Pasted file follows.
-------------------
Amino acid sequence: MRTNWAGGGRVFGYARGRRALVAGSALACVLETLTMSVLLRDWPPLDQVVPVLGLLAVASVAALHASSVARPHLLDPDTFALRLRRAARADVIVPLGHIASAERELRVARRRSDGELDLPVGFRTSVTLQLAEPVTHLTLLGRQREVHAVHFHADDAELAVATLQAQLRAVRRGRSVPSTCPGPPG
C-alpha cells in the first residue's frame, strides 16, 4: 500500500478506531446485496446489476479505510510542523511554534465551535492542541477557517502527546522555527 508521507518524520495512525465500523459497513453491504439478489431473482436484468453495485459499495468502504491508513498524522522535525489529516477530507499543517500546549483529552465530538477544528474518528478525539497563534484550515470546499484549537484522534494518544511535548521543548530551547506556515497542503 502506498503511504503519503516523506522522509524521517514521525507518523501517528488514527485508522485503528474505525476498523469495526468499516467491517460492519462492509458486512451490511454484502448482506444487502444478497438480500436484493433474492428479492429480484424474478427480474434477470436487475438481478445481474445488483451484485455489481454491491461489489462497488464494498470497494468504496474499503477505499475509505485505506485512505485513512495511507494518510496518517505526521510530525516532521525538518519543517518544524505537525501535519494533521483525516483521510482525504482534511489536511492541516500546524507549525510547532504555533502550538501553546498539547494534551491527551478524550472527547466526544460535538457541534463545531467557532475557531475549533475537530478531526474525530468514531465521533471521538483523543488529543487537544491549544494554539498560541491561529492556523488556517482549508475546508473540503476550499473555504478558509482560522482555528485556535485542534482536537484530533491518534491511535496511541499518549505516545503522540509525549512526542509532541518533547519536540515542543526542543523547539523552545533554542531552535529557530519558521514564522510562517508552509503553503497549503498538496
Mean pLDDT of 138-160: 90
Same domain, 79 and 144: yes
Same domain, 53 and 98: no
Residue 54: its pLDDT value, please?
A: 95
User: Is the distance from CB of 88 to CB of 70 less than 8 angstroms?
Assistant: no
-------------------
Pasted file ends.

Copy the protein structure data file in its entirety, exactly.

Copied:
Amino acid sequence: MRTNWAGGGRVFGYARGRRALVAGSALACVLETLTMSVLLRDWPPLDQVVPVLGLLAVASVAALHASSVARPHLLDPDTFALRLRRAARADVIVPLGHIASAERELRVARRRSDGELDLPVGFRTSVTLQLAEPVTHLTLLGRQREVHAVHFHADDAELAVATLQAQLRAVRRGRSVPSTCPGPPG
C-alpha cells in the first residue's frame, strides 16, 4: 500500500478506531446485496446489476479505510510542523511554534465551535492542541477557517502527546522555527 508521507518524520495512525465500523459497513453491504439478489431473482436484468453495485459499495468502504491508513498524522522535525489529516477530507499543517500546549483529552465530538477544528474518528478525539497563534484550515470546499484549537484522534494518544511535548521543548530551547506556515497542503 502506498503511504503519503516523506522522509524521517514521525507518523501517528488514527485508522485503528474505525476498523469495526468499516467491517460492519462492509458486512451490511454484502448482506444487502444478497438480500436484493433474492428479492429480484424474478427480474434477470436487475438481478445481474445488483451484485455489481454491491461489489462497488464494498470497494468504496474499503477505499475509505485505506485512505485513512495511507494518510496518517505526521510530525516532521525538518519543517518544524505537525501535519494533521483525516483521510482525504482534511489536511492541516500546524507549525510547532504555533502550538501553546498539547494534551491527551478524550472527547466526544460535538457541534463545531467557532475557531475549533475537530478531526474525530468514531465521533471521538483523543488529543487537544491549544494554539498560541491561529492556523488556517482549508475546508473540503476550499473555504478558509482560522482555528485556535485542534482536537484530533491518534491511535496511541499518549505516545503522540509525549512526542509532541518533547519536540515542543526542543523547539523552545533554542531552535529557530519558521514564522510562517508552509503553503497549503498538496
Mean pLDDT of 138-160: 90
Same domain, 79 and 144: yes
Same domain, 53 and 98: no
Residue 54: its pLDDT value, please?
A: 95
User: Is the distance from CB of 88 to CB of 70 less than 8 angstroms?
Assistant: no